Blog Posts

A 19th century script of the opening verse of the Qur'an written in the Sudani Script
20th September 2022

Making sense of Qur’anic school preference in West Africa

The challenges of secular bias and ontological injustice in scientific theories of educational decision-making Dr Anneke Newman, Université Libre de Bruxelles The remit of the INSBS is to study the relationships between ‘science’ and ‘belief’ in society. Yet what if the very conceptualization of these terms—and the tools social scientists have at their disposal to study these dynamics—were far from neutral, but instead privilege secular ontology and epistemology, leading…

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6th April 2022

Religious Belief and the Geohistory of the Planet: Between Orthodoxy and Heterodoxy

By Richard Fallon In September 2021, Nature-affiliated journal Scientific Reports published a striking article arguing that the Bronze Age city of Tall el-Hammam was destroyed by a cosmic airburst. The authors, Ted E. Bunch et al, speculated that the Genesis story of the destruction of Sodom preserves memories of this impact – and received intense criticism in response. Just a few months later, scholars in Geology described another…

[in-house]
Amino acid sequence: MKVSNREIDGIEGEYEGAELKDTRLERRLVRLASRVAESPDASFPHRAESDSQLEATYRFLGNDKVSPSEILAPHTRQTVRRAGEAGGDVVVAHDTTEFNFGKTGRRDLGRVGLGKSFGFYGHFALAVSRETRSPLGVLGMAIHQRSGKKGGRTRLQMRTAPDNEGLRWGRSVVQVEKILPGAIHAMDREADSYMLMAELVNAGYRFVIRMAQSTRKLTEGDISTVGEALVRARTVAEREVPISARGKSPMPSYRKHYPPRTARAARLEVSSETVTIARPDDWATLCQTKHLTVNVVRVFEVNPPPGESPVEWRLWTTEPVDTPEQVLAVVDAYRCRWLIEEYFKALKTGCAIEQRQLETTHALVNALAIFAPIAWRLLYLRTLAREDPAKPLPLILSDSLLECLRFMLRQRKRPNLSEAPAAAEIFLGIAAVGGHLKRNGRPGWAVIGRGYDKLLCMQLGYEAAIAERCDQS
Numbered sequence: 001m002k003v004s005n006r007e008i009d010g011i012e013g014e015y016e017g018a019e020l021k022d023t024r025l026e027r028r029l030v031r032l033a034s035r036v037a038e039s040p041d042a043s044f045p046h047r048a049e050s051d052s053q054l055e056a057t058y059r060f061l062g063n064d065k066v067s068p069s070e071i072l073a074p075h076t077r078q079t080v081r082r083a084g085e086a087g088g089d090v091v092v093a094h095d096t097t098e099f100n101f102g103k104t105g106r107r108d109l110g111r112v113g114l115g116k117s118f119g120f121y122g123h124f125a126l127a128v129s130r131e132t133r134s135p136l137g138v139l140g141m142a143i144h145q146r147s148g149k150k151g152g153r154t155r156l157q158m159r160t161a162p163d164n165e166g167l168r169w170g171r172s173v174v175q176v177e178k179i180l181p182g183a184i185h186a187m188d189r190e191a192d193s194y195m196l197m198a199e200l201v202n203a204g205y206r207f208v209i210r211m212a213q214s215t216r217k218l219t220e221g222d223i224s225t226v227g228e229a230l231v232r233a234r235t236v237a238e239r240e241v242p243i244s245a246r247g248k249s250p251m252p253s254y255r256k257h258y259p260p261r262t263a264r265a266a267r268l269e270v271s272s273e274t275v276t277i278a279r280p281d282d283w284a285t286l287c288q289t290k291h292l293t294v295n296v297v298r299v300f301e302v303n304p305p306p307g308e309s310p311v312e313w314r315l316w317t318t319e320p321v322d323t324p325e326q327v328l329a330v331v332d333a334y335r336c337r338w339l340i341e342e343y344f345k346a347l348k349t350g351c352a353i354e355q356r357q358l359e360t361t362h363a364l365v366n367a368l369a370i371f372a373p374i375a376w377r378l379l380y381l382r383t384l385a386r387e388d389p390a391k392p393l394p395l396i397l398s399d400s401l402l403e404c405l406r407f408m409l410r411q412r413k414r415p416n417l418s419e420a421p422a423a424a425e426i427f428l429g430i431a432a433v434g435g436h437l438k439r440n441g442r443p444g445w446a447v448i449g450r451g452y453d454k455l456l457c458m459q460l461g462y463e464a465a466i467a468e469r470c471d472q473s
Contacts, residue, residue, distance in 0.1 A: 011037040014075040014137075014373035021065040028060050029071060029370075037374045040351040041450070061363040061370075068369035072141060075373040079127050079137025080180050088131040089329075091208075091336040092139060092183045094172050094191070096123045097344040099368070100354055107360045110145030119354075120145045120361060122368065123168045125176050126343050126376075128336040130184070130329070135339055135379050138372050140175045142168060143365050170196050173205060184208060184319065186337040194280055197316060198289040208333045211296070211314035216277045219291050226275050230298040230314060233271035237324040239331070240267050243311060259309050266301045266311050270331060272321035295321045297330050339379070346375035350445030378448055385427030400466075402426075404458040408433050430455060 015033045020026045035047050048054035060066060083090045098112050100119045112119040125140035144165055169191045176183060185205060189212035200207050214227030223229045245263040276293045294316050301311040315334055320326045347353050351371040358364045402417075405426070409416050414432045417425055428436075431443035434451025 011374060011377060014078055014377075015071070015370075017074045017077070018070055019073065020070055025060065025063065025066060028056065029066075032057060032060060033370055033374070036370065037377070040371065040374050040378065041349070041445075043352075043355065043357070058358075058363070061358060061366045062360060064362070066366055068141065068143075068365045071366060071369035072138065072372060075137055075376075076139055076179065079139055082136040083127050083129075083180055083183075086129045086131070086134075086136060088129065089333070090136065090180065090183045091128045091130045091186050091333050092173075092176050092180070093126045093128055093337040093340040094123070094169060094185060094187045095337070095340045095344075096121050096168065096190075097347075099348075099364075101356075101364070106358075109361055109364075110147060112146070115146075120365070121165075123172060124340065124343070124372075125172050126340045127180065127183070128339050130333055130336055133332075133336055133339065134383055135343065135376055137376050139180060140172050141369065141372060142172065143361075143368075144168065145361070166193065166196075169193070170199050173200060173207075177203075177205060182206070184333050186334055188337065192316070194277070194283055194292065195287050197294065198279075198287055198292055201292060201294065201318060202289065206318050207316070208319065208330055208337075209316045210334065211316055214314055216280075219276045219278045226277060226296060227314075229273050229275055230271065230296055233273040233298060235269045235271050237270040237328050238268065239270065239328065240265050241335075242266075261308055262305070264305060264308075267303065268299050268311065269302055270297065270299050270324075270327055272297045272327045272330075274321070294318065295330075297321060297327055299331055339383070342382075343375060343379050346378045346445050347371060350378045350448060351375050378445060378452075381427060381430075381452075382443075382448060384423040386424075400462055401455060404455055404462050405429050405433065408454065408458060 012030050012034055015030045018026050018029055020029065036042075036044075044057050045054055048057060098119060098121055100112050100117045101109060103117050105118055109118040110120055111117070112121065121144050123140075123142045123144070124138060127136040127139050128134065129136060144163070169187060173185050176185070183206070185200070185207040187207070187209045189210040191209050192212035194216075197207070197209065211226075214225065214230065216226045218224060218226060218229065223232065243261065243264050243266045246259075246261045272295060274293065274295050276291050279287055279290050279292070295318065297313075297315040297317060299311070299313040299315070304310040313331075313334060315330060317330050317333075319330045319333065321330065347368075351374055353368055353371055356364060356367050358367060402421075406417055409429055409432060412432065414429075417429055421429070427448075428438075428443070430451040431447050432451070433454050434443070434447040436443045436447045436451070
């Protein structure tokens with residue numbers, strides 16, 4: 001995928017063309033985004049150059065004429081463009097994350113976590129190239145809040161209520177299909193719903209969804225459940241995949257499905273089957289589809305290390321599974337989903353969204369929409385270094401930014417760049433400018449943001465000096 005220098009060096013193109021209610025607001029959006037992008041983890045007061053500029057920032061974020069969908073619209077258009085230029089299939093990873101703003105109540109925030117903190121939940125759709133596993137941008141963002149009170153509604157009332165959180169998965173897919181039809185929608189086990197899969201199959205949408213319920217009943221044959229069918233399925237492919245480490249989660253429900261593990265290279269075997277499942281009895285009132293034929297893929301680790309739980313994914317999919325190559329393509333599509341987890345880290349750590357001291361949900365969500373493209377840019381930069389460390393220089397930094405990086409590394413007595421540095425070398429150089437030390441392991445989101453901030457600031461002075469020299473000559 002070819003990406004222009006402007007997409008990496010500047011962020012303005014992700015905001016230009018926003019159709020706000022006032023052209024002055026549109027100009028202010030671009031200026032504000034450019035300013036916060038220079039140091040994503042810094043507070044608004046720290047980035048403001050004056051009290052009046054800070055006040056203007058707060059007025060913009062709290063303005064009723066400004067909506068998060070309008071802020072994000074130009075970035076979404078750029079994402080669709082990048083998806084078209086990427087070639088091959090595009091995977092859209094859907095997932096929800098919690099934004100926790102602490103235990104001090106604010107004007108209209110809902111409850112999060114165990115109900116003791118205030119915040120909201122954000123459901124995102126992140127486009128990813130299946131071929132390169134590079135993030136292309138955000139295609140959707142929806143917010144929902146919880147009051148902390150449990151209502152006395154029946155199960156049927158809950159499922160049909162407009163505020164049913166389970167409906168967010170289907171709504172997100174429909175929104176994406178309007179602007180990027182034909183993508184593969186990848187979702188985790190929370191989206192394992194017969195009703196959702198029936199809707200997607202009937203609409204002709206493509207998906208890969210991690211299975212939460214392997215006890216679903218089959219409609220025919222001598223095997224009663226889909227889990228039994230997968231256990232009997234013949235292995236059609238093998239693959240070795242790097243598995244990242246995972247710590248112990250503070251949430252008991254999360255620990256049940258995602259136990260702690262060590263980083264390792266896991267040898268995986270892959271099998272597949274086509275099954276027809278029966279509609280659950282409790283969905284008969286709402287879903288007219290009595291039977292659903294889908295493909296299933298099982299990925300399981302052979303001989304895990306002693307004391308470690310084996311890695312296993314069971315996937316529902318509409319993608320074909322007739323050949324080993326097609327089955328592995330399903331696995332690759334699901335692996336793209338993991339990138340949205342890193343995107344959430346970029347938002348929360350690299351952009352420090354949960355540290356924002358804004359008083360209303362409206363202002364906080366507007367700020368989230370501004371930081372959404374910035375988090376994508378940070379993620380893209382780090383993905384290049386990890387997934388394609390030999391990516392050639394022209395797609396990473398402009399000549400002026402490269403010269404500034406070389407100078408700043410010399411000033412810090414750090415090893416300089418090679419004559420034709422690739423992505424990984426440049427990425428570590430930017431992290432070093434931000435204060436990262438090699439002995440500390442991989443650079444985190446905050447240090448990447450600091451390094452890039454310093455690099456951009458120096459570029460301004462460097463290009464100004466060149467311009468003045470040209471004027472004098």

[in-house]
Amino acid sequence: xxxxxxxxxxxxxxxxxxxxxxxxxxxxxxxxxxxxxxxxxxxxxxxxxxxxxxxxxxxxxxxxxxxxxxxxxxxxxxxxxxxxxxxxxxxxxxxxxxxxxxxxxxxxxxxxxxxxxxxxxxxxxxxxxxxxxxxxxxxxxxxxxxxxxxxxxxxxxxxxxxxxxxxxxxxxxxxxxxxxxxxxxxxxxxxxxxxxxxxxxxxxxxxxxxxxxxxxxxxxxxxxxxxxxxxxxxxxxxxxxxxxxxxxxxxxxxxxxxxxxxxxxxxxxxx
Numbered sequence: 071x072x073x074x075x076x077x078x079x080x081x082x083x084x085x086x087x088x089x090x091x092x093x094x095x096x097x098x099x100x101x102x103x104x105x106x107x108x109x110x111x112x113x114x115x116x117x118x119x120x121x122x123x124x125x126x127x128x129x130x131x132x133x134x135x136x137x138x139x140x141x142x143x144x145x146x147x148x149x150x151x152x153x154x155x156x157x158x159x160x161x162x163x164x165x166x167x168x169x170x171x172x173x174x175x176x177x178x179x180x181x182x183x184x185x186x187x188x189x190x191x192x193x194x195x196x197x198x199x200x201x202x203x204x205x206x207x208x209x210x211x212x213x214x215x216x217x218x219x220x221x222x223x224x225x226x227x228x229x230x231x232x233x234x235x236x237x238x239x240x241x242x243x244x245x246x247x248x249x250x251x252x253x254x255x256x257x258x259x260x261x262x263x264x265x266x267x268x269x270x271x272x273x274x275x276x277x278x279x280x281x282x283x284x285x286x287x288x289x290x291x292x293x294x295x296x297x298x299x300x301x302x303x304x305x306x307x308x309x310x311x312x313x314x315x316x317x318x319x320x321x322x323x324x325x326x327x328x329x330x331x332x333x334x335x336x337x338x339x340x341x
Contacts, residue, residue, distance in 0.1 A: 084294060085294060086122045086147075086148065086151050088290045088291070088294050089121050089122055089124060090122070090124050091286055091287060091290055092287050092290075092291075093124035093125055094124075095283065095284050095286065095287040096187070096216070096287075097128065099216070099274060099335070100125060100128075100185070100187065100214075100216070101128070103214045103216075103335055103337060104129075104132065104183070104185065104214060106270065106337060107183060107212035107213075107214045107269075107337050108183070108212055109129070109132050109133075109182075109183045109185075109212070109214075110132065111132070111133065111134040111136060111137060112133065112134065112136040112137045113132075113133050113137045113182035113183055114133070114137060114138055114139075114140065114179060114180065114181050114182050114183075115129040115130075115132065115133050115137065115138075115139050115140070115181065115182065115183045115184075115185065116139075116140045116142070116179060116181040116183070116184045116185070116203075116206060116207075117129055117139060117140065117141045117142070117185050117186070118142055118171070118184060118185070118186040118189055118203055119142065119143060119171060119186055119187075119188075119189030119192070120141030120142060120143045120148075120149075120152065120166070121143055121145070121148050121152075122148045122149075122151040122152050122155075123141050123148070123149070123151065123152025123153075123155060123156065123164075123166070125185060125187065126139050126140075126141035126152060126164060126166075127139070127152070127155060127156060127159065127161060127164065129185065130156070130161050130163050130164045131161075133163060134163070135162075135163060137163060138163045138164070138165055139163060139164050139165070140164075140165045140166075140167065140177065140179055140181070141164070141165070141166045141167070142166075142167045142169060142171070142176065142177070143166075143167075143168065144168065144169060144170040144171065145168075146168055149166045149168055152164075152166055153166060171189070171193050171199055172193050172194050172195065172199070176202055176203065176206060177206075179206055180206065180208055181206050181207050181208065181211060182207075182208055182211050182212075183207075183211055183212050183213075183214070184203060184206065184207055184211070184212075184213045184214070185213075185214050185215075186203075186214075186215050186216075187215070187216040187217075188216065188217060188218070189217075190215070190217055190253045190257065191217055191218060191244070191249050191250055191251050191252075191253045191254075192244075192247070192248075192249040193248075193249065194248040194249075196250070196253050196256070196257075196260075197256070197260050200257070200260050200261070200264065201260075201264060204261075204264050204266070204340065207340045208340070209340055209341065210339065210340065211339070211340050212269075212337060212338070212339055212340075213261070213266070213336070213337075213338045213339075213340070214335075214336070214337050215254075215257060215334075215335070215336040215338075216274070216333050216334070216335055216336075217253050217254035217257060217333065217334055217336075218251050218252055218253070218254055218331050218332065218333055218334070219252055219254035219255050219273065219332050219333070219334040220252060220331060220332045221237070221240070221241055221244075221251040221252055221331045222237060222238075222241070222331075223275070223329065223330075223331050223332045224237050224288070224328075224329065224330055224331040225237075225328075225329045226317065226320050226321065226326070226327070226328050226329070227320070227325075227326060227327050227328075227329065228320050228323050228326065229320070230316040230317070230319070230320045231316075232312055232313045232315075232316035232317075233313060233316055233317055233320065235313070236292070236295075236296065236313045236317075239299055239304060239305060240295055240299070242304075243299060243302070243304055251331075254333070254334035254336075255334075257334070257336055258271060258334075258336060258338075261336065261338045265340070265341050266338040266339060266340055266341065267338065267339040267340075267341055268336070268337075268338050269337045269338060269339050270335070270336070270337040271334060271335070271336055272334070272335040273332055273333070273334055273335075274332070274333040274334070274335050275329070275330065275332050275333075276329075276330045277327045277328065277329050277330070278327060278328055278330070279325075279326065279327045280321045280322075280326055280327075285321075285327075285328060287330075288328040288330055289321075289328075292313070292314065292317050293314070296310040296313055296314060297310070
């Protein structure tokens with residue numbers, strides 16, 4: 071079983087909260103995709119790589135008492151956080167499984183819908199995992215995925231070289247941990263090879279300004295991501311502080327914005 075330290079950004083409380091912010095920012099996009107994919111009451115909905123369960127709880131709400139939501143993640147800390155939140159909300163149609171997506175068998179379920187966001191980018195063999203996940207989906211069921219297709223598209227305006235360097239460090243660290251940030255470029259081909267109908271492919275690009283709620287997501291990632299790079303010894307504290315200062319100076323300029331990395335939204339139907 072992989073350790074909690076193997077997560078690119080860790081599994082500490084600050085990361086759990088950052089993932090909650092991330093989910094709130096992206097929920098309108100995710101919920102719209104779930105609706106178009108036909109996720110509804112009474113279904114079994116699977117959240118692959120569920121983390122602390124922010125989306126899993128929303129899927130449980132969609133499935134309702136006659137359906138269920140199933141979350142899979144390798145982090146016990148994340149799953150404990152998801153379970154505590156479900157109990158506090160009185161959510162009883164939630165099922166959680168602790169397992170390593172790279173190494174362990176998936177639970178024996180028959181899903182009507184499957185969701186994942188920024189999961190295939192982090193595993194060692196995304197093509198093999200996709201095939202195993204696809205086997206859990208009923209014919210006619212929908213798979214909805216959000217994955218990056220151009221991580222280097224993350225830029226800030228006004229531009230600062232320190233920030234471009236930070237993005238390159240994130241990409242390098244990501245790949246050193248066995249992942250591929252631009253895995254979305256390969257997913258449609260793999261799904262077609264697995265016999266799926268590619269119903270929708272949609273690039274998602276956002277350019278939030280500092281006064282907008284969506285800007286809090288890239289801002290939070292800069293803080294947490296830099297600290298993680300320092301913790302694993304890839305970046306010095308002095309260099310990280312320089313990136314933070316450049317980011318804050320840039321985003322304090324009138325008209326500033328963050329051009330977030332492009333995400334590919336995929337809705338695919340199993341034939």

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22nd March 2022

Science and Religion, A Very Short Re-Introduction

By Adam R. Shapiro When Thomas Dixon first asked me to work with him to revise and update his excellent 2008 book Science and Religion, A Very Short Introduction, my first thought was to ask why such a text might need a new edition. On the face of it, many of the issues we typically associate with the study of “science and religion” seem timeless, or…

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8th March 2022

Engineers communicating science, and the religion and science debates in fin-de-siècle Spain

By Jaume Navarro and Javier Sierra de la Torre In 1876, two Spanish versions of Draper’s History of the Conflict between Religion and Science appeared on the market. One, a translation from the French version, issued in weekly instalments, passed largely unnoticed. But the other, a direct translation from the original version, was highly publicized by liberal and republican politicians, philosophers, and academics as a tool for the promotion of…